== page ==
In the dead of Missouri winter, members of a southwestern Missouri family pluck lemons, oranges and grapefruits from trees in their greenhouse.
Lee Allphin and his son Jim enjoy the steady supply of flavorful fruits and vegetables from their orchard, garden and greenhouse, says Robert Balek, a University of Missouri Extension horticulturist. Flowers and herbs add beauty and fragrance to their greenhouse long after the rose garden’s last rose has bloomed.
Balek met the Allphins last fall at an area farmers market. The Allphins told Balek they had too many apples for their family and needed to find a place to sell them during peak season.
Eileen Nichols, manager of the Webb City Farmers Market, told Balek that their market was in desperate need of an apple vendor. Webb City Farmers Market operates with cooperation from MU Extension, Lincoln University and others.
When the Allphins said they had too many apples for their family, they didn’t mean just a bushel and a peck. It was a bumper crop. The senior Allphin is the oldest of 10 children and has 10 children. Jim has 10 children as well. They keep apples in cold storage, press their own cider, can applesauce and freeze-dry apples for later use.
“We’re not in the apple business, but we enjoy sharing,” Jim says. “We have wonderful excess.”
They sold more than a ton of apples last fall through the market.
Jim says he told shoppers at the farmers market that if they tasted his apples they would be back for more. And, he says, they were, often returning the following week to report that they were the best apples they had ever eaten.
“It was neat to get their feedback,” Jim says. He also enjoys the opportunity to give shoppers a risk-free way to try new flavors and varieties.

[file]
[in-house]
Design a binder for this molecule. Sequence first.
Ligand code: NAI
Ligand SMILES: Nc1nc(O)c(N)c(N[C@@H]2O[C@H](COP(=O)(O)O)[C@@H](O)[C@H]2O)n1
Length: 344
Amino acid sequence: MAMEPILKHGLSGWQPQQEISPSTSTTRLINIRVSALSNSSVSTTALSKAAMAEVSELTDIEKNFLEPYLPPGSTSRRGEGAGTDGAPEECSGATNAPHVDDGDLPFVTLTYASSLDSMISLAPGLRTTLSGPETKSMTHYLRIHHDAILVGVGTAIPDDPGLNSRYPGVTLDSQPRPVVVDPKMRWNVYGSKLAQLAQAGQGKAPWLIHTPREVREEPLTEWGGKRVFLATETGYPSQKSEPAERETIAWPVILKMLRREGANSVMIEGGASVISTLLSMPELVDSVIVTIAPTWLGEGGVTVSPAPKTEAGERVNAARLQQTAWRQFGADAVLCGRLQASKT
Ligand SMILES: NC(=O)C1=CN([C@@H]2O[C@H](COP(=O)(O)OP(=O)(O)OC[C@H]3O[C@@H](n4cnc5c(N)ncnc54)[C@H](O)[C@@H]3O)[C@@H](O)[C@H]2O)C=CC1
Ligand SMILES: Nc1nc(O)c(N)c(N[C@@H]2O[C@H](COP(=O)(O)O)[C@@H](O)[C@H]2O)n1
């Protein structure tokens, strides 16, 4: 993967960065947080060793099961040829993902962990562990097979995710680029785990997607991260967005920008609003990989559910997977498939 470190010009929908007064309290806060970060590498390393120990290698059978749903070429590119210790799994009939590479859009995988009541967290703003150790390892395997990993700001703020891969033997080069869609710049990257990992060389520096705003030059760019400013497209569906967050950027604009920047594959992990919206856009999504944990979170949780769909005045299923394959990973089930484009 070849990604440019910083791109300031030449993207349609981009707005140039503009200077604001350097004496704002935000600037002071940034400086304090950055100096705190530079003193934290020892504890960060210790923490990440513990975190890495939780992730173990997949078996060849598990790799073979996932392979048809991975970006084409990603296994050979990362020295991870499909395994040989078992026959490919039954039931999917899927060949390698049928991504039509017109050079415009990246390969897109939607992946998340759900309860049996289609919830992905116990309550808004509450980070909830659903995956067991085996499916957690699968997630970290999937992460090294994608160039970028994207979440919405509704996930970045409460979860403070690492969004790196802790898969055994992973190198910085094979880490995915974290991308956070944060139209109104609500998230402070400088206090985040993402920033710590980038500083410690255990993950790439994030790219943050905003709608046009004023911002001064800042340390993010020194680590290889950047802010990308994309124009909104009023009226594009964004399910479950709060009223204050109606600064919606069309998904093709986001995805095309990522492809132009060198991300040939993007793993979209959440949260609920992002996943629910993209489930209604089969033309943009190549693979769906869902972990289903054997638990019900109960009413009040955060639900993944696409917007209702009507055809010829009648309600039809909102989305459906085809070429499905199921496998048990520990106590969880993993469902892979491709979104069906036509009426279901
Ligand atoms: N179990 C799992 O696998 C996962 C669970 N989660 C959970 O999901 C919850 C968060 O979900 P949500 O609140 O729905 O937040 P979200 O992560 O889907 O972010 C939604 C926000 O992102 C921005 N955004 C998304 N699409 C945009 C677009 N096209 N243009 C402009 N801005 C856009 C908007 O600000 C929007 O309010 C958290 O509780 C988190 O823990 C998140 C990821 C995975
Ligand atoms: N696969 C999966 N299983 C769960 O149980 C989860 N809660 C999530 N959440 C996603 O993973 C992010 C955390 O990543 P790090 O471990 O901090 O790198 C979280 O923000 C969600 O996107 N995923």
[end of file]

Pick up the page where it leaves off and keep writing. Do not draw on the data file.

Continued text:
Many vendors find sampling improves sales, educates customers and connects buyers with their food source, Balek says. Jim completed food safety training through the farmers market, MU Extension and Lincoln University. The training is required before vendors can offer samples at farmers markets.
He likes to tell consumers how their food grows so they can make educated food-buying decisions. Many ask if his apples are organic. They are not, he explains, because they spray their trees to prevent worms, fungus and black spots on the fruit.
The Allphins rely on MU Extension online resources and follow recommended spray schedules for the orchard. Lee, who has a degree in chemistry, says MU Extension’s research-based information has been invaluable in the orchard operation.
The original Allphin orchard had five rows of 10 trees. Through the years, the Allphins added new varieties, including a family favorite, Pink Lady. Trees produce about 10 bushels each annually. Varieties ripen at staggered times, giving the family new taste treats throughout the fall. A family member who is a horticulturist helps them choose varieties and offers tips on how to keep the orchard healthy and productive. They hire seasonal help for pruning and picking as needed.
There are also about 20 peach trees, six plum trees and sweet and sour cherry trees. Multitudes of rose bushes adorn their stately hilltop home. Their large garden produces vegetables for daily use, canning and freezing.
When temperatures begin to chill, the Allphins move potted citrus plants such as sweet lemons, oranges and grapefruits inside a large glass greenhouse. They also grow bananas, pineapples, mandarins and herbs, as well as flowers, tomatoes and cucumbers. They hope to put up a high tunnel greenhouse to lengthen the growing season for vegetables.
Meat, poultry and eggs also come from the farm.
“We believe in being self-sufficient,” Jim says. “We like to take care of ourselves and others.”